Afghan community

‘Very Desperate and Very Nervous': Questions Linger After End of Afghanistan War

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President Joe Biden addressed the nation Tuesday less than 24 hours after formally declaring an end to the war in Afghanistan. 

But there are growing questions about the people left behind, both U.S. citizens and U.S. allies who are now the top targets of the Taliban government, and desperate for a way out.

“They are feeling very desperate and very nervous about their future in Afghanistan,” said Sophia Achermann.

It’s a feeling shared by hundreds, if not thousands, still looking for a way out.  

Achermann, an Afghan American attorney that spoke to NBC Bay Area news just days before the American withdrawal from Afghanistan said desperation and fear have only intensified now that the U.S. has officially withdrawn all U.S. troops.

Among those who are still trapped and fearing for their lives, several of her family members.

“There was an explosion not too far from their home just a few days ago, they are terrified for their personal safety and they just want a safe place to go,” said Achermann.

The president Tuesday acknowledged a couple hundred Americans still left in Afghanistan, along with many more Afghan allies.  

One of those men, Achermann’s family member who helped build a school for girls and who promoted their education.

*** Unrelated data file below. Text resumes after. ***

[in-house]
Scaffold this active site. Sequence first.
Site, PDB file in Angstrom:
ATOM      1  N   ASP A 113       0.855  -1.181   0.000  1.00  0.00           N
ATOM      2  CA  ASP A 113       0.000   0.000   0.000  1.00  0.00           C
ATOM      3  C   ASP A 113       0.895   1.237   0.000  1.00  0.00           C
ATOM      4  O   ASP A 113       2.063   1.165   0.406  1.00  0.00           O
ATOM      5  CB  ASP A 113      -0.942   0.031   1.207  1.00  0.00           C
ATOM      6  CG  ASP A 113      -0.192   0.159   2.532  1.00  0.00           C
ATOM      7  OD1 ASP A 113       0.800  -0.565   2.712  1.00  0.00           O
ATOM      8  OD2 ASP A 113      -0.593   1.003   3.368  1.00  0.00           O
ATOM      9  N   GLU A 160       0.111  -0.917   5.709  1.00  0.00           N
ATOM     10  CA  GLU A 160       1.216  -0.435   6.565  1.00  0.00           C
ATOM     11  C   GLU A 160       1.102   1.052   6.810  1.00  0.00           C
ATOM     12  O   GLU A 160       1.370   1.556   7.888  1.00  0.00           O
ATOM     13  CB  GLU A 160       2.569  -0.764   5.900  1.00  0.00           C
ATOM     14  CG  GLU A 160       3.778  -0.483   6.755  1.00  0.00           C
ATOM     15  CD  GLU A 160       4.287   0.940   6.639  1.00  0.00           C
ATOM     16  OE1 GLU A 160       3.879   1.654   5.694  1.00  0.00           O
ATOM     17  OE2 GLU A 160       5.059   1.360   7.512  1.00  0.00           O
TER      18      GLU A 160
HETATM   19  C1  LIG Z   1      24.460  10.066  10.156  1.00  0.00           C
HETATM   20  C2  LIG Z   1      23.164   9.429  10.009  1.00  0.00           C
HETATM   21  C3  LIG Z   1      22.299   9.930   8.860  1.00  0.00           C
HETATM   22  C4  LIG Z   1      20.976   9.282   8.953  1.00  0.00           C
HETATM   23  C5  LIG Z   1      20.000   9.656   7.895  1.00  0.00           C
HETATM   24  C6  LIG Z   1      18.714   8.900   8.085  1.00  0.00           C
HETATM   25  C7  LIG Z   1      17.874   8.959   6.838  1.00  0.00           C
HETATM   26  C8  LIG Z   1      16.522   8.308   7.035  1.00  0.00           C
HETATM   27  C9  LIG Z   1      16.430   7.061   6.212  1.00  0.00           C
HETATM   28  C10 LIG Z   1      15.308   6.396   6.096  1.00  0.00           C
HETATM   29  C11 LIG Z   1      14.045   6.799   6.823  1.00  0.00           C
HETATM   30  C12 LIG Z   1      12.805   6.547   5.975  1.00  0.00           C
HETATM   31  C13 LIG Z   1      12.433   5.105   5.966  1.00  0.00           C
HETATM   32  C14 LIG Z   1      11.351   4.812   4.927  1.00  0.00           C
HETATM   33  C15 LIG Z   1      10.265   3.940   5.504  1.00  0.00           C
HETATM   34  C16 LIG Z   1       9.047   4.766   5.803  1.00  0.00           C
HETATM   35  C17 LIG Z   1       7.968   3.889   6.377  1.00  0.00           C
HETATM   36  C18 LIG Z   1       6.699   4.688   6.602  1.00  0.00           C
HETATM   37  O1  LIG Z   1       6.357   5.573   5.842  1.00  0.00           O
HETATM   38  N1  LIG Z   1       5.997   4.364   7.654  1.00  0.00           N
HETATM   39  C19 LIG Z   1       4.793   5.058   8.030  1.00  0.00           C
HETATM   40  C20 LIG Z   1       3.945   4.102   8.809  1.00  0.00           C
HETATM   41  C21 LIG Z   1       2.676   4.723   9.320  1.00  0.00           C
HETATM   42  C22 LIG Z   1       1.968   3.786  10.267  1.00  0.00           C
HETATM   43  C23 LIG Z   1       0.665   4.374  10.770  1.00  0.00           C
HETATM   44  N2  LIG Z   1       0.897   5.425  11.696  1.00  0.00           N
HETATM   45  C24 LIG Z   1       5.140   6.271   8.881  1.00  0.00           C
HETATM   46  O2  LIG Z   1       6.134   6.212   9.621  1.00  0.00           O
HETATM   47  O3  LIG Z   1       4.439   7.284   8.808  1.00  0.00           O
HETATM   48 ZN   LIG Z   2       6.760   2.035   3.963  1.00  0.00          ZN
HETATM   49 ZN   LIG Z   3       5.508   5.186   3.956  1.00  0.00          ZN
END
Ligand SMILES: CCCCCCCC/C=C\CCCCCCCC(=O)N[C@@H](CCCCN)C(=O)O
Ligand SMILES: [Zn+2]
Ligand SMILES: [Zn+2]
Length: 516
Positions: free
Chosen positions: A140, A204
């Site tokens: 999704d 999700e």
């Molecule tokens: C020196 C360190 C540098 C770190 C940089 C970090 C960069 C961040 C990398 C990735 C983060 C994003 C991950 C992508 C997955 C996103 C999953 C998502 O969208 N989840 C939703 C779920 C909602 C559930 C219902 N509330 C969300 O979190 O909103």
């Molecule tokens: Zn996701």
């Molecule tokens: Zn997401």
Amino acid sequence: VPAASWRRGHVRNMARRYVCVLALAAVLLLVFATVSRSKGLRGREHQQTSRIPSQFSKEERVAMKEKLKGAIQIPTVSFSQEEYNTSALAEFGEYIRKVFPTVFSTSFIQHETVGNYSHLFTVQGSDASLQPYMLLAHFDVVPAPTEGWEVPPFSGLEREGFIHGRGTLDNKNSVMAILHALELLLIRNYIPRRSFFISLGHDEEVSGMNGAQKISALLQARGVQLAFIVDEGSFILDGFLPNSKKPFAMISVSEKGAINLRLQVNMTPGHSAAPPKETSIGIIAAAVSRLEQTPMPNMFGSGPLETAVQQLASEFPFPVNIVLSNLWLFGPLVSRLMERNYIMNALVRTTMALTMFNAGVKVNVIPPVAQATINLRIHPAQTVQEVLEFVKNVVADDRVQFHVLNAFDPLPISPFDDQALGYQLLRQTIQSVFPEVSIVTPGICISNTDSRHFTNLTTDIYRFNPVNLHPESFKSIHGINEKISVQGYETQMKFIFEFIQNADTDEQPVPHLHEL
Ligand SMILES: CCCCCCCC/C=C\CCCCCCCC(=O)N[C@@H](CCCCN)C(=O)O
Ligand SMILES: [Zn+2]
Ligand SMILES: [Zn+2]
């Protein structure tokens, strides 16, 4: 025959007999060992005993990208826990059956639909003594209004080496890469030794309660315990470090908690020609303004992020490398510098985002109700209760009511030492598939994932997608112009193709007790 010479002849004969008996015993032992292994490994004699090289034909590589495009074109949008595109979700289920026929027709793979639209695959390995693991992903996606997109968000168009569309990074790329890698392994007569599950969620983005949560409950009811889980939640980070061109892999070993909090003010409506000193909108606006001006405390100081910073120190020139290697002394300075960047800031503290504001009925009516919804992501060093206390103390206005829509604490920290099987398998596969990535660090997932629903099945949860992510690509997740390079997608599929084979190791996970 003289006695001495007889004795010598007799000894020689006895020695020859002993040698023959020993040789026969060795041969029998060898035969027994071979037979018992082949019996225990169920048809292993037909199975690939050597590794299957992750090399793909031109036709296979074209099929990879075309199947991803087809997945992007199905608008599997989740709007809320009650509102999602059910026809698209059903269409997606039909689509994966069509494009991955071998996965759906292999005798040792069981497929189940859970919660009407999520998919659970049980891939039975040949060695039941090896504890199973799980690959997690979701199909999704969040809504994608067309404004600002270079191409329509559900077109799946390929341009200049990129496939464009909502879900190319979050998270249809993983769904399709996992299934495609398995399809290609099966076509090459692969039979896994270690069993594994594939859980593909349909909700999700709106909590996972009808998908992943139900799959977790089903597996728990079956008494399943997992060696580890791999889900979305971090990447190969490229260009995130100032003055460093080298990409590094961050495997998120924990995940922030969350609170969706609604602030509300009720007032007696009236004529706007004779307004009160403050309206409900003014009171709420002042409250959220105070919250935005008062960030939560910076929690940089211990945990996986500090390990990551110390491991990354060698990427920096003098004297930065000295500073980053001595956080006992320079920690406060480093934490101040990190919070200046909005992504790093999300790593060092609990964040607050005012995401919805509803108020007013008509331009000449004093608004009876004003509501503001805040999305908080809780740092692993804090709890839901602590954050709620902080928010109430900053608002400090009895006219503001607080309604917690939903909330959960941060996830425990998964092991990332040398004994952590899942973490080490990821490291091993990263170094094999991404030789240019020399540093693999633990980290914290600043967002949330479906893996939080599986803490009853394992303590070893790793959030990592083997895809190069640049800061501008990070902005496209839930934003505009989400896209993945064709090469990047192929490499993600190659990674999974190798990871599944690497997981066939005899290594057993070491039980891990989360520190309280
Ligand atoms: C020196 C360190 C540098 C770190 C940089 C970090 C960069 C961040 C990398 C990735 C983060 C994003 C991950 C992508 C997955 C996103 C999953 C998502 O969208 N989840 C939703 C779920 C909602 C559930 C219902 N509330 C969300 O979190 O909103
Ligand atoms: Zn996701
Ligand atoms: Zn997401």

“He received a certificate of acknowledgement. Thank you for your sacrifices, for the advancement of women’s education and this certificate also says thank you for putting your life at risk, putting your family’s life at risk,” said Achermann.

But now, those sacrifices don't seem to be helping them much. Achermann has applied for a special immigrant visa for her family members, but has not heard anything from the state department. 

“You have a lot of Afghan allies you are just clueless about where they are in the process and where the department of state is going to get to their application,” said Achermann.  

But she hasn’t lost hope. 

“I’ve had the incredible fortune of linking up with the non profit named Freedom Support Alliance. It’s a group of individuals started by a military interpreter who worked directly with American special forces in Afghanistan and essentially it’s a nonprofit that is actively working to evacuate, support and resettle Afghans, siv applicants, siv holders,” said Achermann.

For now, Achermann and her family – like countless others – continue to wait. And urge not just those in her community - but non-Afghans as well to get involved in any way they can. 

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